10 men from the Archdiocese of San Francisco began seminary studies this year, the largest group of new archdiocesan seminarians in years. Including them, the archdiocese now has 17 men in formation. 

The seminarians come from a wide variety of backgrounds and experiences, and several of them moved to the archdiocese before discerning the call to priesthood. 

David Sandler was the director of religious education at St. Anthony, Novato before entering seminary. After spending “a beautiful year” there, “It became very clear that the Lord was calling me beyond a life of youth and young adult ministry and into a life of serving his church fully,” he said.  

Leandro Calingasan and Stephen Unachukwu, from St. Augustine Parish and St. Mary’s Cathedral respectively, attended seminary before they immigrated to the United States and discerned the call to priesthood again.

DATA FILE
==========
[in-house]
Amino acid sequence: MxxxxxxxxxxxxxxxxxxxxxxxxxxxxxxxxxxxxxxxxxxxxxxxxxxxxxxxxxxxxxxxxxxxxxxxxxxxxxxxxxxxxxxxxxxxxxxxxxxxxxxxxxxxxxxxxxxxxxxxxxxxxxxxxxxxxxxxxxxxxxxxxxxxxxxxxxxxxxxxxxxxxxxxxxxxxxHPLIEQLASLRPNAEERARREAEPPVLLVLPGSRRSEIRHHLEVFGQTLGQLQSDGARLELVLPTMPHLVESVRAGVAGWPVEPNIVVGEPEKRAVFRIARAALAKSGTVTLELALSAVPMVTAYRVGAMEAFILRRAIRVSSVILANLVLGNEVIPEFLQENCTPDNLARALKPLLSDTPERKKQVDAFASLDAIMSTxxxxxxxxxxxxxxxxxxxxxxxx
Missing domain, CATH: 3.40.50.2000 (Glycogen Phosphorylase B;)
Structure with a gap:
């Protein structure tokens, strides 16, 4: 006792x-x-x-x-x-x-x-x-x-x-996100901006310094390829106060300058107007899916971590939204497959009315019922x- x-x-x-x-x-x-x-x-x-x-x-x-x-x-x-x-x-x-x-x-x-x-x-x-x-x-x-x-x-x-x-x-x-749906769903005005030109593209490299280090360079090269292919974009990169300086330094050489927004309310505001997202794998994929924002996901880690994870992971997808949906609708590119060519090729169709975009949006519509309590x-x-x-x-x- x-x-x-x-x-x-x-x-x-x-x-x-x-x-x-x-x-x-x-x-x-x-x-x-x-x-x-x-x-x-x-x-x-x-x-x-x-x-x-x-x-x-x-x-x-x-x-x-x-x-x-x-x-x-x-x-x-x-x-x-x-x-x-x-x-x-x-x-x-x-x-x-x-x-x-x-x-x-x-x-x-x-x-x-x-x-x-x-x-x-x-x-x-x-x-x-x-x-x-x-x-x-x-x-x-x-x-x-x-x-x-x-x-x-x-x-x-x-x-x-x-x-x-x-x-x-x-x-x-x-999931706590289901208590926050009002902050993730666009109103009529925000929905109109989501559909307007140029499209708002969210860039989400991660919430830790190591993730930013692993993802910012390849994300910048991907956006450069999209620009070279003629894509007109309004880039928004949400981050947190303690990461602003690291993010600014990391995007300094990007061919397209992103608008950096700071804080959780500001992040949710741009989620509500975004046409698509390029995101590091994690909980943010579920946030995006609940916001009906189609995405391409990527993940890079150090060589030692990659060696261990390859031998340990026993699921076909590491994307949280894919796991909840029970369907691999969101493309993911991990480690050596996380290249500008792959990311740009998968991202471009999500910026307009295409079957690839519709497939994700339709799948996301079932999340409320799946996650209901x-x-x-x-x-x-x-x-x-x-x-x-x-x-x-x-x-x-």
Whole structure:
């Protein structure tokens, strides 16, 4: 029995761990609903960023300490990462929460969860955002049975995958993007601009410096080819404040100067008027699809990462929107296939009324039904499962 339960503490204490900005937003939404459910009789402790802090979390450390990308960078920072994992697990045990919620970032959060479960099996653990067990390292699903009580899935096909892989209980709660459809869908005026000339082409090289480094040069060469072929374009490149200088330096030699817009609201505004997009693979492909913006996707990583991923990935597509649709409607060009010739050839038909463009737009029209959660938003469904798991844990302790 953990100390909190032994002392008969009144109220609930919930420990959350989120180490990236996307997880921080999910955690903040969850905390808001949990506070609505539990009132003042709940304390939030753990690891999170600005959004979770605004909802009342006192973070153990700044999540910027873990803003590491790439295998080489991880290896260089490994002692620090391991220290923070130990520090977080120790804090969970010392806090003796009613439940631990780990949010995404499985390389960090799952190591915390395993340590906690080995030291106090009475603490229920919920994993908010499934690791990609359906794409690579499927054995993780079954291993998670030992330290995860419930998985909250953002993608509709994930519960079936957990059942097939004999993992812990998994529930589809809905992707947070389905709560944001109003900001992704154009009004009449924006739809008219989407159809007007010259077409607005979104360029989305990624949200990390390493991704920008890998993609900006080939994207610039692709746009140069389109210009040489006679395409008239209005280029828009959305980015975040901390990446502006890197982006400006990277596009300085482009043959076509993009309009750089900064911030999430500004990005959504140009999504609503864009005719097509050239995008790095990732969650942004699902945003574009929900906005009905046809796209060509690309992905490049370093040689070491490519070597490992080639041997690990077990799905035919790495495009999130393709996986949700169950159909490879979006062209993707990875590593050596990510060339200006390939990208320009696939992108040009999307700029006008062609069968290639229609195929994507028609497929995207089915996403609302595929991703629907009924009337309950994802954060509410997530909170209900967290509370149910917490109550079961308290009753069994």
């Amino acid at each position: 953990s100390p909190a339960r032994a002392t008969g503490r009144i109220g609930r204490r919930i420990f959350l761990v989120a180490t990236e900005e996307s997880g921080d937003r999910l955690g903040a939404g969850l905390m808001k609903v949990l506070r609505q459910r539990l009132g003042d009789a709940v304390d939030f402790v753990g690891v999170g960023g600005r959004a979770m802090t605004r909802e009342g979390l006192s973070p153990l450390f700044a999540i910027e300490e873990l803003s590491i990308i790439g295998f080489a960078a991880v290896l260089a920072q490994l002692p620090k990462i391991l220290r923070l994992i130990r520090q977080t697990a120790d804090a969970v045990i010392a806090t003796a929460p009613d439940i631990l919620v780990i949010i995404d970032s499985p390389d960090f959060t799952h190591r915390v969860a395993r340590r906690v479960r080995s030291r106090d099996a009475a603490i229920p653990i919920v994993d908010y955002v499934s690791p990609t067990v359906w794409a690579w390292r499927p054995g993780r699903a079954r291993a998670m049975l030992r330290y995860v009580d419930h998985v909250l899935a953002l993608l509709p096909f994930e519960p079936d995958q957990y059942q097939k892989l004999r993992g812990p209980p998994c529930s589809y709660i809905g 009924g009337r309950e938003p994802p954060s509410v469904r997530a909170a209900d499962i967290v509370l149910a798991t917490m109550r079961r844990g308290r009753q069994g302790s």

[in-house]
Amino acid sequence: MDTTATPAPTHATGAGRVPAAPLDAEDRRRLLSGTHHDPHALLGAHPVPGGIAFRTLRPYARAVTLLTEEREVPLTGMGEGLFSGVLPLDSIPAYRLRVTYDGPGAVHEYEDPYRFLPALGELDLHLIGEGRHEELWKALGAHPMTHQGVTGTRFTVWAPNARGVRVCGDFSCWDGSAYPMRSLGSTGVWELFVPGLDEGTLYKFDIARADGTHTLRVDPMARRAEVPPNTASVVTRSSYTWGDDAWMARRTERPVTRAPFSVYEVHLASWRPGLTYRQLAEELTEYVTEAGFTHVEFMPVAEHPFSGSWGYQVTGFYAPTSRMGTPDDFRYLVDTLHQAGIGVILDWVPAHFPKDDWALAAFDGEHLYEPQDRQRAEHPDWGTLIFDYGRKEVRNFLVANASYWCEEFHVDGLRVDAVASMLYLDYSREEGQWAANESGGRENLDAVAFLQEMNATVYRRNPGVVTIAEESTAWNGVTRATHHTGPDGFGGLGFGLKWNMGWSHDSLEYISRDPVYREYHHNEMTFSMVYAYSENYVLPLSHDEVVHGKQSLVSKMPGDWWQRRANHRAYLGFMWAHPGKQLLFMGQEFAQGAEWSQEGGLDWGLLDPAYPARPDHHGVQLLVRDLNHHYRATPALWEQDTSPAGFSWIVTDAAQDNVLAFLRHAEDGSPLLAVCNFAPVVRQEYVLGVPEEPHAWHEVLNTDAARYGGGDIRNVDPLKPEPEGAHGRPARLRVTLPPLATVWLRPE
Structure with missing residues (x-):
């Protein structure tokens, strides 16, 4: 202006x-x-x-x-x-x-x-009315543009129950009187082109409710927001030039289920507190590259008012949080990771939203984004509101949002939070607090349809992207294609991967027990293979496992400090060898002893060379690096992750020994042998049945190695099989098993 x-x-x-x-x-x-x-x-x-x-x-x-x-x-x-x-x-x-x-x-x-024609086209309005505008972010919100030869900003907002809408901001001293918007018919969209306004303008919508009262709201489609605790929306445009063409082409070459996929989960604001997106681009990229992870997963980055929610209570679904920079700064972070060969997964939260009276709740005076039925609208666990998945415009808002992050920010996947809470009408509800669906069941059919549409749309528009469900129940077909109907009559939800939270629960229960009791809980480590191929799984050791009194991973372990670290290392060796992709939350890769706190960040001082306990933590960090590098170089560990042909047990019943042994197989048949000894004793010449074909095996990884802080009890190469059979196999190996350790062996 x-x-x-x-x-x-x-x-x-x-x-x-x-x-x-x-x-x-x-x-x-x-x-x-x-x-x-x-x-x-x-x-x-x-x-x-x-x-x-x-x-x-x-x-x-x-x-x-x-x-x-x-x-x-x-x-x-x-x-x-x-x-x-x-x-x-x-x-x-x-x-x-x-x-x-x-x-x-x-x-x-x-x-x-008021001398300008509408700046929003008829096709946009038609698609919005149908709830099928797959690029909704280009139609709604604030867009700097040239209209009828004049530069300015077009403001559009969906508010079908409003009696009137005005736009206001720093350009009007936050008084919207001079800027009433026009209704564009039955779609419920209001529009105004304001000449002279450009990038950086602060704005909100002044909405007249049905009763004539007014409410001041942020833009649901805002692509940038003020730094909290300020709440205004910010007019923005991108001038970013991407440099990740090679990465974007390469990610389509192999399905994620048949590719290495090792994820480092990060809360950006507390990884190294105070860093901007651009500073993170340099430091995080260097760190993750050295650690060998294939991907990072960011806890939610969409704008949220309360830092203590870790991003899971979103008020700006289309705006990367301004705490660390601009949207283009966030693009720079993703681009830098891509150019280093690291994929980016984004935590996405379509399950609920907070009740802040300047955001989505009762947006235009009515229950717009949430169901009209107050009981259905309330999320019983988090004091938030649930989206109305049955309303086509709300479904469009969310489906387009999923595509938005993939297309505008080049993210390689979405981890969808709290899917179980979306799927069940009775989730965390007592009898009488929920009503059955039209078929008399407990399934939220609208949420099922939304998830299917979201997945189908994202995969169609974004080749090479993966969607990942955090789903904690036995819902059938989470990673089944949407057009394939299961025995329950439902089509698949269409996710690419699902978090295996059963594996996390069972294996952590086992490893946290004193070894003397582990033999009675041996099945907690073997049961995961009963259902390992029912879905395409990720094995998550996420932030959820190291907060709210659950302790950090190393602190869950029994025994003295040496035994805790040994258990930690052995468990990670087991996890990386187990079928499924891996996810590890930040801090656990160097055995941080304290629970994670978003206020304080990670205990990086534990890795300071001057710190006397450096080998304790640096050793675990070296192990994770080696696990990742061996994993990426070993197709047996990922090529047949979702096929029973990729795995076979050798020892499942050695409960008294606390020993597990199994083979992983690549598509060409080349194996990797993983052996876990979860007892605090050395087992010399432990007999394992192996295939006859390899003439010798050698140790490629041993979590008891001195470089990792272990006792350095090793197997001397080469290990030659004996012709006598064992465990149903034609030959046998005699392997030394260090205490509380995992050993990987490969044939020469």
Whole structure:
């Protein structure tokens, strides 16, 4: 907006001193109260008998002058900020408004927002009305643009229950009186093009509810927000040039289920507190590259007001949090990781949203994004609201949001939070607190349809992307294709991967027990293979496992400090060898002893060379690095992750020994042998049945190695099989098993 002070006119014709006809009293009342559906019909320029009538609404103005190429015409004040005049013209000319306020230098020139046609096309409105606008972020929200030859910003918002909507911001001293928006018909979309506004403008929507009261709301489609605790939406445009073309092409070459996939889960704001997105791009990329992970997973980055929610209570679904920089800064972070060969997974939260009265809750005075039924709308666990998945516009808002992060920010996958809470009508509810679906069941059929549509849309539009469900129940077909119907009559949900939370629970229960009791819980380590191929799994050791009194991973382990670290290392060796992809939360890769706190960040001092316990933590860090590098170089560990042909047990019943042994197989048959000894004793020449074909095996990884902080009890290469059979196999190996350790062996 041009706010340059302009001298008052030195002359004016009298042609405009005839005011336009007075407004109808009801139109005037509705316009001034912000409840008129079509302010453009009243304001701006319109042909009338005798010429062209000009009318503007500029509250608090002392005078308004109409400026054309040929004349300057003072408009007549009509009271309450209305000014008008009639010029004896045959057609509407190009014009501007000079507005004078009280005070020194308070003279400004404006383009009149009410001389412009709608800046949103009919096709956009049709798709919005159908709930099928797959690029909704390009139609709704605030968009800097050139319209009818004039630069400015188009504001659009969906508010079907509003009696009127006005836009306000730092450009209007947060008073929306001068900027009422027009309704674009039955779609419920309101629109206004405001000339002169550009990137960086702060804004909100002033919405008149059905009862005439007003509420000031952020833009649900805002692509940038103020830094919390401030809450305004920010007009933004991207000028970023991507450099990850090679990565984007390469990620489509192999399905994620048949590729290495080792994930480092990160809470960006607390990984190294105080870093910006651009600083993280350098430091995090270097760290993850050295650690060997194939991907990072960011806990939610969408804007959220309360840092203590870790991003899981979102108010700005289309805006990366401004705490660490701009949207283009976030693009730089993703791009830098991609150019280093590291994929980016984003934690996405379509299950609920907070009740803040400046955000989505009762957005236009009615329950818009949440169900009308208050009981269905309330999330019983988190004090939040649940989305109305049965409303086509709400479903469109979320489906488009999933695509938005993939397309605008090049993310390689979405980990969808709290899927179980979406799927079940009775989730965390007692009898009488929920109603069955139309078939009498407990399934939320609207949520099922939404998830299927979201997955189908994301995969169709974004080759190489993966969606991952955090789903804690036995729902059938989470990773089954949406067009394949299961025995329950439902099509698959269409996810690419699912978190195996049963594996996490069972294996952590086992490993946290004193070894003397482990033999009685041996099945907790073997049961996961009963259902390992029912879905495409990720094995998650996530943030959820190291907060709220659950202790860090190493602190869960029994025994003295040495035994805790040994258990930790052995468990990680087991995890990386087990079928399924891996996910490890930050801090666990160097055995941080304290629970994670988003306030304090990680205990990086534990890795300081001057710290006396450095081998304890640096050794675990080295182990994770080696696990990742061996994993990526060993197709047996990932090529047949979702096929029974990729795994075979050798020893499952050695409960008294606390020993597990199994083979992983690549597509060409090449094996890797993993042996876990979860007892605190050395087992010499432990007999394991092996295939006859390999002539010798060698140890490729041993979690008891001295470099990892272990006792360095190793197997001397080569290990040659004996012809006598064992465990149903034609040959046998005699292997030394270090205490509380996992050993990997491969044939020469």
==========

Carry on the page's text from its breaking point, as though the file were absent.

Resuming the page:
Emmanuel Gutierrez, St. Charles, San Carlos, worked in construction for a decade. Cameron Sellers, Church of the Nativity, Menlo Park, retired as a colonel after more than three decades of service in the U.S. Army and a stint working in a legislative office. Other seminarians worked in information technology, courier service, a movie theater and In-N-Out before joining seminary.  

The increase in men discerning a priestly vocation is a boon for the archdiocese, which like much of the U.S. church has struggled lately with vocations. Last summer, the archdiocese hit a twenty-year low in the number of its seminarians in formation. In the past five years, the archdiocese has not accepted more than three applicants in a single year. 

A year ago, 10 new seminarians would have seemed “an impossible number. It wouldn’t have made any sense,” vocations director Father Cameron Faller said. “It’s a powerful story of the power of prayer.” 

The vocations office has emphasized the importance of praying for vocations. In 2018, the vocations office organized Holy Hours throughout the archdiocese when it had no seminarians to ordain to the priesthood that year. Religious orders, priests, parishes and laity in the archdiocese have all been encouraged to dedicate time to pray for new vocations. 

“We’re grateful for the prayer warriors in every parish. Their prayers don’t go unanswered,” he said.

Full story at Catholic San Francisco.